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This video comes from a site called ShieldAmerica.org, which is a project of the Foundation for Defense of Democracies (better known as Frank Gaffney’s partners in the dilapidated push for Iran divestment).
The leaders of the project and other fringe activists are on a campaign to raise public concerns about the threat of an electromagnetic pulse (EMP) after a nuclear detonation, and they point to Iran as the most likely culprit to use this dastardly tactic on the United States.
Forgetting for a moment that the consensus opinion of all 16 US intelligence agencies declared that Iran has no nuclear weapons program; and ignoring the fact that Iran has absolutely zero ballistic missile capability that threatens the US; and forgetting also that a nuclear attack on the United States would guarantee a massive retaliation that would destroy the whole of the Iranian leadership and much of its civilization…forgetting all of that, why is it so important that the American people become terrified that their electronics won’t work after their city gets hit by a nuclear weapon? Isn’t a nuclear detonation scary enough for these people?
Without getting too much into the science of things, everytime a nuclear explosion occurs, the shockwave sends out an EMP so powerful that it knocks out every electrical device within miles. Usually this doesn’t matter, though, because electrical devices don’t often stand up to a nuclear explosion.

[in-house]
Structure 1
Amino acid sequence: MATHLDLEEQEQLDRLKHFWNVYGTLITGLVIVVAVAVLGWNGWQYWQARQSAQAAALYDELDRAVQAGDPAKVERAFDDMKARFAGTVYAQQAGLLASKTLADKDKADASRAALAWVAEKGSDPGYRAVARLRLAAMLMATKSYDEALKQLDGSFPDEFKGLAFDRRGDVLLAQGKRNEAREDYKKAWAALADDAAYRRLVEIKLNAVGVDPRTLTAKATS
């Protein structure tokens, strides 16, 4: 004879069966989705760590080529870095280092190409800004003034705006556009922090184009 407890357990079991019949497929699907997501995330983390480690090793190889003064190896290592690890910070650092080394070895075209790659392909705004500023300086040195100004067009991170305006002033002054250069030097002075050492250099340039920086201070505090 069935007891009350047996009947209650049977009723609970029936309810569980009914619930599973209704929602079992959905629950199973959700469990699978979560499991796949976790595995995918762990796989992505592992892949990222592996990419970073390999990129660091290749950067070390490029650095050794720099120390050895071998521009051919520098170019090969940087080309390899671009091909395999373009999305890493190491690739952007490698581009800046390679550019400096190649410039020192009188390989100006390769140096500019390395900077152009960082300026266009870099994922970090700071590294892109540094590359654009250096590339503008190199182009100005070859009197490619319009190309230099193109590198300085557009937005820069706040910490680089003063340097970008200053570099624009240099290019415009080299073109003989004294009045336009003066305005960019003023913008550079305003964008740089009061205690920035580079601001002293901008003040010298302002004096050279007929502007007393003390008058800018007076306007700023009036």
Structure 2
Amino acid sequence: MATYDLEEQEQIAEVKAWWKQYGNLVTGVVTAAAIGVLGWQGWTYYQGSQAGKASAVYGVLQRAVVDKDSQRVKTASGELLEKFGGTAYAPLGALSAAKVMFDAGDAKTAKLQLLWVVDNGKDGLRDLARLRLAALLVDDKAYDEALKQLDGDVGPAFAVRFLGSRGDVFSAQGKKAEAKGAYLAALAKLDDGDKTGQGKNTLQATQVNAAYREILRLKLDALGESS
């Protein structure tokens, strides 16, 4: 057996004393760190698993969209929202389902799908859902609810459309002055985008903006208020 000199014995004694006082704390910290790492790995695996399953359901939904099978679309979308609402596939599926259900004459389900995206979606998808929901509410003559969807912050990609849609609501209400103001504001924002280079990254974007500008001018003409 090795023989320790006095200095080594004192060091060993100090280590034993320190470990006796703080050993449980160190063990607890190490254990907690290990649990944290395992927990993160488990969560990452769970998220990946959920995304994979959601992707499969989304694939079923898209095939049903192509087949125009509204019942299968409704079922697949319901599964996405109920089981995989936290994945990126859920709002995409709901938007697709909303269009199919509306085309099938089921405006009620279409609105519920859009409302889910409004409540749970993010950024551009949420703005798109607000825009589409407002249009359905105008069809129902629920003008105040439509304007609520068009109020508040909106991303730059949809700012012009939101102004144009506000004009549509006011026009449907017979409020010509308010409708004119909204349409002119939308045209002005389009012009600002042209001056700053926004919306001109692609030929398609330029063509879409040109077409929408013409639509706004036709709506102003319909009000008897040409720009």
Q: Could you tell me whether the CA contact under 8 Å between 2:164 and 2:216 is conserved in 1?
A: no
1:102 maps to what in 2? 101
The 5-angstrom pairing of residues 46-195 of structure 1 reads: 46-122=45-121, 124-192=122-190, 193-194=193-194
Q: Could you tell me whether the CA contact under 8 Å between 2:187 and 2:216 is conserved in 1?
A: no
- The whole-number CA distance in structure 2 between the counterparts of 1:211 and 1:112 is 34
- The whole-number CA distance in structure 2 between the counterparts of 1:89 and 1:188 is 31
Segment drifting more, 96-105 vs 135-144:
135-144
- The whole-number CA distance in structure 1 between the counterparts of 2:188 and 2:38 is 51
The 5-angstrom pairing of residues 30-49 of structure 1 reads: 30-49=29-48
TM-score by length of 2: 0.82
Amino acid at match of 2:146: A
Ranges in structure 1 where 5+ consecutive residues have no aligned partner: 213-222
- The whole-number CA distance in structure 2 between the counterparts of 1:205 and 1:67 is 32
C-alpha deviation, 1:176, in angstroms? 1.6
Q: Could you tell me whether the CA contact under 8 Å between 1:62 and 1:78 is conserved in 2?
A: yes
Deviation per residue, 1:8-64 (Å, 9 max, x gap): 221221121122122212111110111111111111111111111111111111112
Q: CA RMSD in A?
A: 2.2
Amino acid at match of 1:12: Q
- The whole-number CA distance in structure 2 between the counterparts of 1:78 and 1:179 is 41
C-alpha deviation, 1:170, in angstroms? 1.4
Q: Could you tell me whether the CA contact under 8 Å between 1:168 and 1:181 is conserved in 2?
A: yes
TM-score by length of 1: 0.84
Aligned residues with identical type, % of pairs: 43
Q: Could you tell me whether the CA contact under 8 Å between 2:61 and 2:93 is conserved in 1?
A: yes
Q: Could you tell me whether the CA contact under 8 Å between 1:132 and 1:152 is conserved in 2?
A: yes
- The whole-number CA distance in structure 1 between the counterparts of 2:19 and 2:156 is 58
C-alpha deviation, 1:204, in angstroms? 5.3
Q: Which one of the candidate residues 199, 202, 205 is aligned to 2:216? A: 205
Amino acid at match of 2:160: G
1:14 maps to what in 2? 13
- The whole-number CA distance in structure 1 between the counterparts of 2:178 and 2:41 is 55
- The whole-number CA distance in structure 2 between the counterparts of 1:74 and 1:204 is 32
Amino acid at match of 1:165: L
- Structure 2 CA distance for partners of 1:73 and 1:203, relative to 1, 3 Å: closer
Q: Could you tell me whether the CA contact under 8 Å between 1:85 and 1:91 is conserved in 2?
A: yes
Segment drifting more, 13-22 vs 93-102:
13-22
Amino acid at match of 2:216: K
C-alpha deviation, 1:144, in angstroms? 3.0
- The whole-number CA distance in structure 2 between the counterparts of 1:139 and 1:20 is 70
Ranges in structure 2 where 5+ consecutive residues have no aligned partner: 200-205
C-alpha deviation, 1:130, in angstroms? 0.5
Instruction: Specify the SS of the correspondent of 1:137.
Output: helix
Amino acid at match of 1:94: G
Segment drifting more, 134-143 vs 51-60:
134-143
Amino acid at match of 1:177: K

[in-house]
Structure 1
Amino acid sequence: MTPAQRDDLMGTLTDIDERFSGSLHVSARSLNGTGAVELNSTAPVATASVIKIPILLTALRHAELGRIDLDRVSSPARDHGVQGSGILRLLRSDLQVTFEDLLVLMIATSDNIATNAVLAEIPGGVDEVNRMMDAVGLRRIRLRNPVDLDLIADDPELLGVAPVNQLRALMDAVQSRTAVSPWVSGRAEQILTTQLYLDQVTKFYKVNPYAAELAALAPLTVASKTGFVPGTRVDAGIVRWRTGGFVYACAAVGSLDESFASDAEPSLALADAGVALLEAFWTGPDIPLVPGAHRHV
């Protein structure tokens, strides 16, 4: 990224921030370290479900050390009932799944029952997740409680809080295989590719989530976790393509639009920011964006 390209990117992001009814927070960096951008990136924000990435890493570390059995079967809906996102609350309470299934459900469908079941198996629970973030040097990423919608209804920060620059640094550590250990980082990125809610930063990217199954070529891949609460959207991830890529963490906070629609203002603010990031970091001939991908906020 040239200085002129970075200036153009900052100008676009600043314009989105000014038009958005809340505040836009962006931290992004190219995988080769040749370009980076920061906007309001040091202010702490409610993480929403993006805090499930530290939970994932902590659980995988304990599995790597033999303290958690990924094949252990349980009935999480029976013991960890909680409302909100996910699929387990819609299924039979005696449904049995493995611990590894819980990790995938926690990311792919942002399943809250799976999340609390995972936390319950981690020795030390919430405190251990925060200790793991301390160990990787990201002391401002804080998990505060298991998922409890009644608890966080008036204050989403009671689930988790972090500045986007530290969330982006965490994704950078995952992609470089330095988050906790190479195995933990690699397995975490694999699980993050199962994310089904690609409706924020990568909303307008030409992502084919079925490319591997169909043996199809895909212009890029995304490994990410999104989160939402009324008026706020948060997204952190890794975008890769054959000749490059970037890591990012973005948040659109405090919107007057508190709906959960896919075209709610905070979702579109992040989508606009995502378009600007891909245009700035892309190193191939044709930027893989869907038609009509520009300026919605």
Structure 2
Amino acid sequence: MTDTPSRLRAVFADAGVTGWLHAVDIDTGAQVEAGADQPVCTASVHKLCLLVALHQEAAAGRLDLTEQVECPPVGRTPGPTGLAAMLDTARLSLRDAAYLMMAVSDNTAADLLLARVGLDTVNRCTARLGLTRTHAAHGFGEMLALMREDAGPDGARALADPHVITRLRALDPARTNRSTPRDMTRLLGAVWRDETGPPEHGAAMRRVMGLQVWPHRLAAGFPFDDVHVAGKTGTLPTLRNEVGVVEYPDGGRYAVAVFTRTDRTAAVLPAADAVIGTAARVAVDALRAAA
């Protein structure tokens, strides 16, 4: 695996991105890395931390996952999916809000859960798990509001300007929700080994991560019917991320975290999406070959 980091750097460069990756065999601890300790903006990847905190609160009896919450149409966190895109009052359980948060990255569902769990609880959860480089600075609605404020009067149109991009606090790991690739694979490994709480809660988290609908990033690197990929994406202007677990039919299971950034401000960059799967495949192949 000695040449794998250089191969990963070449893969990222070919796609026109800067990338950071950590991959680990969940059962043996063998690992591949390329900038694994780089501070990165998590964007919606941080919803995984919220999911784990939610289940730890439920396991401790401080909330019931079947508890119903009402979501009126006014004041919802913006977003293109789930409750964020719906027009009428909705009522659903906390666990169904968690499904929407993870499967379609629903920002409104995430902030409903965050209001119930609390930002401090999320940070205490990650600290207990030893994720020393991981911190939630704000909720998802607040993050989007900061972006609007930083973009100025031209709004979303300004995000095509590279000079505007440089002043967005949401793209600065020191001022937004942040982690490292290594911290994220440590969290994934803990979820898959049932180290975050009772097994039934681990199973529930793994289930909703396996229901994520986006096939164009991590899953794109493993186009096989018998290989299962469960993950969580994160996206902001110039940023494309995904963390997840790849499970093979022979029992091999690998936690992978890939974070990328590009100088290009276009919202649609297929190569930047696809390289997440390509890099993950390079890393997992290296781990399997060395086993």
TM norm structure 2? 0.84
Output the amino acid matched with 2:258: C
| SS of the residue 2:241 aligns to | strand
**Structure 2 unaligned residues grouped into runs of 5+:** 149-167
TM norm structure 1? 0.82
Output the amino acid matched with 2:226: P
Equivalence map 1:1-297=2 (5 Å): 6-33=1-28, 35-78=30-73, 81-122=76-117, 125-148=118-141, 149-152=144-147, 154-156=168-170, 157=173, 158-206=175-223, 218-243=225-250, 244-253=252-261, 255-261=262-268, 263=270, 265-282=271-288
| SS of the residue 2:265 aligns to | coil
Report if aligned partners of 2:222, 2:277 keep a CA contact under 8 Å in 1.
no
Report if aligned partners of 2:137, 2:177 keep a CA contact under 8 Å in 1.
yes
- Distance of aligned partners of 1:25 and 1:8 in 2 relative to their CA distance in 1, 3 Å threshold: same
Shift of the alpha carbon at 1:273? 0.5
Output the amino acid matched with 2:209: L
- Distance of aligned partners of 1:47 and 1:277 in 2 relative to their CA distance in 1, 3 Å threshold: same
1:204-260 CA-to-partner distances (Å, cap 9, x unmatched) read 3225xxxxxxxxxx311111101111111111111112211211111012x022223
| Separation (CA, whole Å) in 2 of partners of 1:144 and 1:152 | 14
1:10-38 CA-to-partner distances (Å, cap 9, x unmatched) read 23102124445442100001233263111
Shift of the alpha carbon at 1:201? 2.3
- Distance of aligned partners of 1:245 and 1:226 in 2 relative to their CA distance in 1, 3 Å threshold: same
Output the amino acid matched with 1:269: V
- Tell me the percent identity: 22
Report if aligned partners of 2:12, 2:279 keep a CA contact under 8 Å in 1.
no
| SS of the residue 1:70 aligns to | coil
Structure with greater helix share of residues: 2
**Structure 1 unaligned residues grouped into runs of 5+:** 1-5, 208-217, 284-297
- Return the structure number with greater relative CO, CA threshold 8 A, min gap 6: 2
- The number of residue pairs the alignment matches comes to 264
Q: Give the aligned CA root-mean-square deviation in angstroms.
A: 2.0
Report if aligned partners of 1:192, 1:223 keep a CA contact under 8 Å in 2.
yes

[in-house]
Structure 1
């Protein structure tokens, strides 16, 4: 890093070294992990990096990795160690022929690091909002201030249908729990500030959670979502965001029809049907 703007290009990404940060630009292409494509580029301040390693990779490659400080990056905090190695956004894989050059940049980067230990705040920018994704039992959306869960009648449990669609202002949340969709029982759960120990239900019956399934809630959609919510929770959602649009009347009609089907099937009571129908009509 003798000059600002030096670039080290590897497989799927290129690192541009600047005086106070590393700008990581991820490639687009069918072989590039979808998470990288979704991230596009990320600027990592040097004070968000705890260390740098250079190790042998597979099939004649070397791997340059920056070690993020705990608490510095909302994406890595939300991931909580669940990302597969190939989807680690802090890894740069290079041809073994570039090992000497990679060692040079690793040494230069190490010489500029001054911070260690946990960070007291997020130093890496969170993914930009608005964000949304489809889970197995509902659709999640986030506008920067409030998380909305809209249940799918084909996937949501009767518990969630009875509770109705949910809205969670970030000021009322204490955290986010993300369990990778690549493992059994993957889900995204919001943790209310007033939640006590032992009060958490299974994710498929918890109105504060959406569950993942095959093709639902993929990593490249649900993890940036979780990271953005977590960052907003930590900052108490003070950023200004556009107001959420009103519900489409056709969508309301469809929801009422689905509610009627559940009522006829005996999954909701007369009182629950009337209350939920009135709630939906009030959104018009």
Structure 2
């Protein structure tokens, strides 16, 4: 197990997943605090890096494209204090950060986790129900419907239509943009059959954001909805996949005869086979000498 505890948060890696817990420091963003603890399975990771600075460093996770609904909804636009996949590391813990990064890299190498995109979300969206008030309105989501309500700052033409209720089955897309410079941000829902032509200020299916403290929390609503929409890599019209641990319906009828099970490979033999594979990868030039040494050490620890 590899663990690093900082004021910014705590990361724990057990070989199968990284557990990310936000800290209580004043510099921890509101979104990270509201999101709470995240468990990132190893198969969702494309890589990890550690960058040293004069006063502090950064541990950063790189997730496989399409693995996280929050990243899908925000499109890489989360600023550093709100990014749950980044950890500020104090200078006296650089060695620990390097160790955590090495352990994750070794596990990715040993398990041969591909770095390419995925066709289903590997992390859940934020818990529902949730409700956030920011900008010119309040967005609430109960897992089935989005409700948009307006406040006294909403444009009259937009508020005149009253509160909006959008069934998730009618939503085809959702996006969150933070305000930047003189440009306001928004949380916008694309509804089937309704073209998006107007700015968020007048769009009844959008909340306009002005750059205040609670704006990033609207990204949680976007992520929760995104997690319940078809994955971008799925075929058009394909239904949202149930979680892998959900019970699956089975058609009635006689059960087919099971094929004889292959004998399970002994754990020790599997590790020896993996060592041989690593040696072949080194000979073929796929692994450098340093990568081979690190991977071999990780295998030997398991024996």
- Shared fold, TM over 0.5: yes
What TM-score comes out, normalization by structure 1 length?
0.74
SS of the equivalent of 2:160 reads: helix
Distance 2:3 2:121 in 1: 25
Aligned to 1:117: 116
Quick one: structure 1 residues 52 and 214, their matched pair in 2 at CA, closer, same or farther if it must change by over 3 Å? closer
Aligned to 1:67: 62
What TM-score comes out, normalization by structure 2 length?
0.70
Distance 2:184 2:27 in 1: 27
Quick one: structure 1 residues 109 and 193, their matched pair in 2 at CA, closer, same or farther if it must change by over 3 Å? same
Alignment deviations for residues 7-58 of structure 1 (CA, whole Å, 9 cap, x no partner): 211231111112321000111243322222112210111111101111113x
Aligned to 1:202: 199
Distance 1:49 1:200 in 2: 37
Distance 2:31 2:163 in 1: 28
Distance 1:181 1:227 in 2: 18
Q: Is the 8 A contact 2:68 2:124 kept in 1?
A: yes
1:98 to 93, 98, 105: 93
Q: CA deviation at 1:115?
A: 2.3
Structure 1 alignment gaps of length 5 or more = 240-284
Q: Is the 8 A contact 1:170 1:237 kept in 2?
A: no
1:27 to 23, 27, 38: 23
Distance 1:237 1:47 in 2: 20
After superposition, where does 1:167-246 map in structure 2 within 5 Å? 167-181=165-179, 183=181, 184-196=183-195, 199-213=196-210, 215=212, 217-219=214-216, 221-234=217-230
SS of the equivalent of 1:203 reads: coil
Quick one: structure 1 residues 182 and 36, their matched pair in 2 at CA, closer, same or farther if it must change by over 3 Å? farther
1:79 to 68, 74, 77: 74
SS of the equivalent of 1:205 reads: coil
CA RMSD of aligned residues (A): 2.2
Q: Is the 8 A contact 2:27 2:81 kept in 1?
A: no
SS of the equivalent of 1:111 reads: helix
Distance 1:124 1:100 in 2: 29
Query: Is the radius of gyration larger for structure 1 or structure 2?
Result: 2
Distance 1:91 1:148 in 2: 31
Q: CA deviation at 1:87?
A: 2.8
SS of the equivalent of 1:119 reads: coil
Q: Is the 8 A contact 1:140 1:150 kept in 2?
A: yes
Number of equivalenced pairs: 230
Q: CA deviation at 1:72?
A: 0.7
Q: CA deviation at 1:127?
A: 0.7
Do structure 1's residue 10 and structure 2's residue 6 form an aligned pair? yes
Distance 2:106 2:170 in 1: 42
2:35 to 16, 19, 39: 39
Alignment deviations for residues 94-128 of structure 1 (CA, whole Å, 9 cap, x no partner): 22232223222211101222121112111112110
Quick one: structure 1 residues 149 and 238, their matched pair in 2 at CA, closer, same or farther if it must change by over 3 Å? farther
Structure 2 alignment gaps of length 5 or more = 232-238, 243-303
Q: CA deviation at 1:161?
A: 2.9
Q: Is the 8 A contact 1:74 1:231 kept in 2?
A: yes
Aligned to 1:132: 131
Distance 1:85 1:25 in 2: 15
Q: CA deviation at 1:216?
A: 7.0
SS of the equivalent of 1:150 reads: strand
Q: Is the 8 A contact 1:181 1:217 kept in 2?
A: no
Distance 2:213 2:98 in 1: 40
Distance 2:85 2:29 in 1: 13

So forgive me if I’m puzzled by an organization whose mission is to stoke irrational fears about Iran–and to advocate for hawkish policies to address those fears–choosing to focus its efforts on such a bizarre and outlandish threat.
What is the benefit from doing this? Either way, a nuclear attack on the United States would be a bad thing. Whether it’s because of the hundreds of thousands of lives lost in an instant, or if it’s because of *cough* massive power outages, the US has an interest in preventing a nuclear attack. And if there are those that think Iran poses the greatest threat to the US, then policymakers should focus on the most realistic way to reduce that threat.
On that, there is nearly universal consensus: start talking to Iran now.

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